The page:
For example, a Canon 50mm f/1.8 lens is about US$110, while another Canon 50mm f/1.2 lens is about 14 times as expensive, at about $1450. Is the 1.8 or 1.2 the main reason for the price difference?

The same goes for some variable lens, such as a Canon 28-105mm f/3.5-4.5 one, and a 24-105mm f/4 one, which costs several times more.


9 Answers 9


Let's start with the basics that have already been pointed out. A lens with an f/1.2 maximum aperture needs to be (at least) one and a half times larger in diameter than a lens with an f/1.8 maximum aperture. 1.5 times the diameter (and thickness, of course) means 2.25 times the area and 3.375 times the volume of glass. And that means that you can expect to pay about three and a half times as much if the designs are otherwise identical. They aren't.

Lens elements that are composed of spherical curves are relatively easy to grind and polish. I say "relatively easy", but getting the kind of precision required for focusing light cleanly still takes a bit of doing. The shape must be perfectly radially symmetrical, or the lens will exhibit astigmatism (that's where lines at different angles will focus at different distances). If the curve deviates sagittally—if the cross-sectional shape of the lens is off—you'll get coma (a smearing of the image outward from the centre). The larger the lens element, the more precise the grinding and polishing have to be to avoid astigmatism and coma.

Lenses can be thought of as prisms with a continuous curve. If there were only one element, even if that element is made of the finest and most advanced optical glass ever formulated, you would get a tremendous amount of lateral and longitudinal chromatic aberration. That's essentially a prism doing what prisms do: the bend different wavelengths of light by slightly different amounts, producing the familiar rainbow spectrum. The larger a lens is, the more difference there will be in the angle of incidence of the light at the centre of the lens and the light at the edges, and the worse the chromatic aberration will be.

While a spherical shape is easy to produce (either convex or concave), spherical lenses (and mirrors) can't focus light from all points of the lens in the same place. That's called spherical aberration, and it results in a blurry image. Again, the larger the lens, the worse the problem gets. A very, very tiny (slow) lens can get away with being spherical without much penalty; a large (fast) lens will be terminally soft without major correction.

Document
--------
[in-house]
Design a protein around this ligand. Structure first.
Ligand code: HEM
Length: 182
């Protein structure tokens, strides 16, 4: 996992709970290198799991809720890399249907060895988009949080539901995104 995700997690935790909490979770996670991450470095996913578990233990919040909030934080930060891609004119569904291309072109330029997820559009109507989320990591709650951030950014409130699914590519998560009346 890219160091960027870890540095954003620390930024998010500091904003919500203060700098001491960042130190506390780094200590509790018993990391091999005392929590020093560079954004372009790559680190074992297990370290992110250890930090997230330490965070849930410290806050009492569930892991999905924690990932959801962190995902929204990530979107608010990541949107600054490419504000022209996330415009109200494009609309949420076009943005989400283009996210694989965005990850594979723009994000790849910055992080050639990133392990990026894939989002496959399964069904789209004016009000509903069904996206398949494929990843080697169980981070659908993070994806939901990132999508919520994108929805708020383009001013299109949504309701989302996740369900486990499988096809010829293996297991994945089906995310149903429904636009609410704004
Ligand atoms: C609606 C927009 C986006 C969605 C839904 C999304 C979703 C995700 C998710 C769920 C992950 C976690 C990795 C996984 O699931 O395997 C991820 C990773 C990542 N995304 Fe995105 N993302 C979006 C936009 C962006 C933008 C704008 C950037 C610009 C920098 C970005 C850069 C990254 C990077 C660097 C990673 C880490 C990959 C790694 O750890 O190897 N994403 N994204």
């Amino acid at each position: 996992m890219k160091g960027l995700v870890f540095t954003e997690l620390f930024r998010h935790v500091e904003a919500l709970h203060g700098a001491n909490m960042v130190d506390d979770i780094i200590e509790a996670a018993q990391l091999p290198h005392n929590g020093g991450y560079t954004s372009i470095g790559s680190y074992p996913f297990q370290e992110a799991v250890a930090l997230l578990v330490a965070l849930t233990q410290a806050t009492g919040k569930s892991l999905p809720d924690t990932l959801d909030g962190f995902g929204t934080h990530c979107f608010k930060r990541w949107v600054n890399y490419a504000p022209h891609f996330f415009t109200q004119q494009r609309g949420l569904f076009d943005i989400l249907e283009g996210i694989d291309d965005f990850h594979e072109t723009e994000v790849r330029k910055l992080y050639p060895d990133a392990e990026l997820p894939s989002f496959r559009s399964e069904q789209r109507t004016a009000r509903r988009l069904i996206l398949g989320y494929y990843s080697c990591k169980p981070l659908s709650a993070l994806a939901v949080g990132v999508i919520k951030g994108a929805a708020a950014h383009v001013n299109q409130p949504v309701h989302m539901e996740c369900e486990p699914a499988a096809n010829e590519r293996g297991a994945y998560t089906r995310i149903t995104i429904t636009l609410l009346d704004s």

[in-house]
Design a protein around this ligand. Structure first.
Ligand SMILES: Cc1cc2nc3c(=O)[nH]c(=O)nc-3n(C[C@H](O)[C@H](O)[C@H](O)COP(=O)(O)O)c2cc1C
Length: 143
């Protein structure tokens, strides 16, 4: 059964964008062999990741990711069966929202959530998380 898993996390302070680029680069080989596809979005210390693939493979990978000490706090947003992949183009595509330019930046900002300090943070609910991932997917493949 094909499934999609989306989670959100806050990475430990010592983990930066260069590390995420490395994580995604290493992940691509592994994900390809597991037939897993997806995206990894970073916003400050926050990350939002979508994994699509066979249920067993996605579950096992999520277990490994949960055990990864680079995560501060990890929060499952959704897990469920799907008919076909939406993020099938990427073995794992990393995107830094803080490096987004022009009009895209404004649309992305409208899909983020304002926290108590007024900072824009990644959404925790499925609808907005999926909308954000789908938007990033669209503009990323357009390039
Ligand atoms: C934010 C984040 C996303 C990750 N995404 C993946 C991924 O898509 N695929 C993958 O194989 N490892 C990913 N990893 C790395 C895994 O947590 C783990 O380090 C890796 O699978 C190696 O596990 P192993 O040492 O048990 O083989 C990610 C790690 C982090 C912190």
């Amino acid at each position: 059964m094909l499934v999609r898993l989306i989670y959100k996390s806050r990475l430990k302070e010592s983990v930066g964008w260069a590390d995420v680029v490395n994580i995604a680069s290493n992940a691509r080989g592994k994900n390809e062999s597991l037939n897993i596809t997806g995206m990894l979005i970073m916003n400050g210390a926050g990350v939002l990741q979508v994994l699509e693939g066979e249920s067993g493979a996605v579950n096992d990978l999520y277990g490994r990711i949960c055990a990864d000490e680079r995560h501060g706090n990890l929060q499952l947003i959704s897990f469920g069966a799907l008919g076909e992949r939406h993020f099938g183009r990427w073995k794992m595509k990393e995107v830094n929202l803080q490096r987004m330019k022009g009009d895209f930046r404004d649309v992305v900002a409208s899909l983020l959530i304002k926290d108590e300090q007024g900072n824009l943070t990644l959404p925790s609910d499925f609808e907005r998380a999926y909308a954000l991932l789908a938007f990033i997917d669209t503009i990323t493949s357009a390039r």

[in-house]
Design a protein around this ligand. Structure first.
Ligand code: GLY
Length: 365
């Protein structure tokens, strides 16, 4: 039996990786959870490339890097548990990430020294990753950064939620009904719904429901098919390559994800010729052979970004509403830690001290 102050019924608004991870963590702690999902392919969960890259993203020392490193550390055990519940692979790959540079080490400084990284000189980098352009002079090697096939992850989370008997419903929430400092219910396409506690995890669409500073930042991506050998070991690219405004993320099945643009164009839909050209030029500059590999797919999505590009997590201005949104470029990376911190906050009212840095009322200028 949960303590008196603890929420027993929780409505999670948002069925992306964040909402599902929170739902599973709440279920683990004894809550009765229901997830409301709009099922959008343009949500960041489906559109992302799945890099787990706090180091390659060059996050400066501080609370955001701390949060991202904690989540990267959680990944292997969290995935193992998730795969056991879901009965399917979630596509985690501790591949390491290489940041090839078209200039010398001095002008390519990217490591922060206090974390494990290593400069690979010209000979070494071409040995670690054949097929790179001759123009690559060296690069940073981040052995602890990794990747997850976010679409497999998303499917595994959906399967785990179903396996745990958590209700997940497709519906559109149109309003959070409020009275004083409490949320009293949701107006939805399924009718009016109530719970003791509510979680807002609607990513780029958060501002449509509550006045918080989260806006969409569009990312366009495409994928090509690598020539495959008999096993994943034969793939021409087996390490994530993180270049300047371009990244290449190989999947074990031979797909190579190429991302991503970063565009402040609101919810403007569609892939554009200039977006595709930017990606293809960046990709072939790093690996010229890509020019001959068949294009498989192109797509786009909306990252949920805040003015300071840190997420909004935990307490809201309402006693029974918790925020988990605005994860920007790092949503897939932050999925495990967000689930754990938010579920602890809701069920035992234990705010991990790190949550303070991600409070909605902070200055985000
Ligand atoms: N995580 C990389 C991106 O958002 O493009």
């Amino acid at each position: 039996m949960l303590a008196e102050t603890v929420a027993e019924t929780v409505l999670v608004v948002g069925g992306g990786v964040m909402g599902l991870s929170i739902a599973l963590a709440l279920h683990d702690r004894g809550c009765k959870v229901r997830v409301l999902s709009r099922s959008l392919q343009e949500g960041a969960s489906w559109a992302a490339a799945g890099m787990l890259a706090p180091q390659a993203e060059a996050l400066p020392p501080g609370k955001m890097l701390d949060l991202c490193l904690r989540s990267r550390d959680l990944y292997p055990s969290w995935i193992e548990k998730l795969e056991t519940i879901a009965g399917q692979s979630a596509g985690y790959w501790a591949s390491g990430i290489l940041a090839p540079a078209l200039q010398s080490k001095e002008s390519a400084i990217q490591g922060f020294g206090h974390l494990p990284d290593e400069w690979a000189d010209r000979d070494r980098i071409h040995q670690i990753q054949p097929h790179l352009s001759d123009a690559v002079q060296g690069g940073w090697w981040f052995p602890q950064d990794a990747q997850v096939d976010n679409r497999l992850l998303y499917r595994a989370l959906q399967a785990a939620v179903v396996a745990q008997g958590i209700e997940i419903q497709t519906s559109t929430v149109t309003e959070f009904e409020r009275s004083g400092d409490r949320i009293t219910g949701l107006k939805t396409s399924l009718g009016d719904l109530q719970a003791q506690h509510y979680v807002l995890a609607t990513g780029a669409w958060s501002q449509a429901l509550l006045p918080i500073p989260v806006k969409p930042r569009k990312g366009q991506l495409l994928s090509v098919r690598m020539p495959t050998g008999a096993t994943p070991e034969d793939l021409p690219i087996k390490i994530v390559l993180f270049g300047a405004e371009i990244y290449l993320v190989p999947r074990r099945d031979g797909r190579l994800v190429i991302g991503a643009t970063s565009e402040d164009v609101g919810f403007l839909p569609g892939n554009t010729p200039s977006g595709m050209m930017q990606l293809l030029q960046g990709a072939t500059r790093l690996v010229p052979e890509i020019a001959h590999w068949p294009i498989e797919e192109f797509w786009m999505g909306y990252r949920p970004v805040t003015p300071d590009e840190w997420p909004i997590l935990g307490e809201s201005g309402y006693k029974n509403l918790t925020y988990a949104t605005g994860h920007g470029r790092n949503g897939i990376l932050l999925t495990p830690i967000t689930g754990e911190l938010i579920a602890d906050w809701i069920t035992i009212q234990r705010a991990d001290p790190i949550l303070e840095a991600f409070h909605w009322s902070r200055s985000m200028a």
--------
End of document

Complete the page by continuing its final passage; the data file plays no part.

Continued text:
Most of the problems with real-world lenses come from the lens having a large diameter. There are ways of correcting the problems (like using convex/concave pairs of elements to undo the rainbow problem, aspherical—and much harder to grind and polish—elements to reduce or eliminate spherical aberration, using exotic glasses and crystals to minimize chromatic dispersion, and so on), but the larger the diameter of the lens, the more needs to go into correcting the problems. If an f/1.2 lens had the same design as the f/1.8 lens, either the 1.2 would be terminally soft with heavy colour fringing, or the 1.8 would be overdesigned to a ridiculous degree and outrageously costly.

That's just the optics. Now take into consideration that if you want the f/1.2 lens to focus on the same day that you pressed the shutter button halfway, with glass that is going to weigh at least three and a half times as much, you're going to need a stronger focus motor, and the focusing mechanism (the helicoids and gears and so on) needs to be much stronger to cope with the additional force required.

And now that we've gotten to the point that the lens is going to be considerably more expensive anyway, it's time to consider what people are going to expect from an investment of that magnitude. It's one thing to have to buy a $120 lens every few years if you have to; it's quite another to have to pop for a lens that's going to cost, say, a thousand dollars anyway (if only the minimum optical and mechanical upgrades are done). The build quality of the lens isn't just a luxury—no pro is going to invest in something that is both expensive and disposable, so the lens needs to be built more solidly and with a bit more safety factor in the engineering. Add in features that working pros are going to want (like weather sealing) and the cost rises again, but not as much as those things that are necessary just to make an f/1.2 lens work well. And there's one last thing to take into account: when you make expensive things, you don't get as many people buying them, so you lose the economies of scale.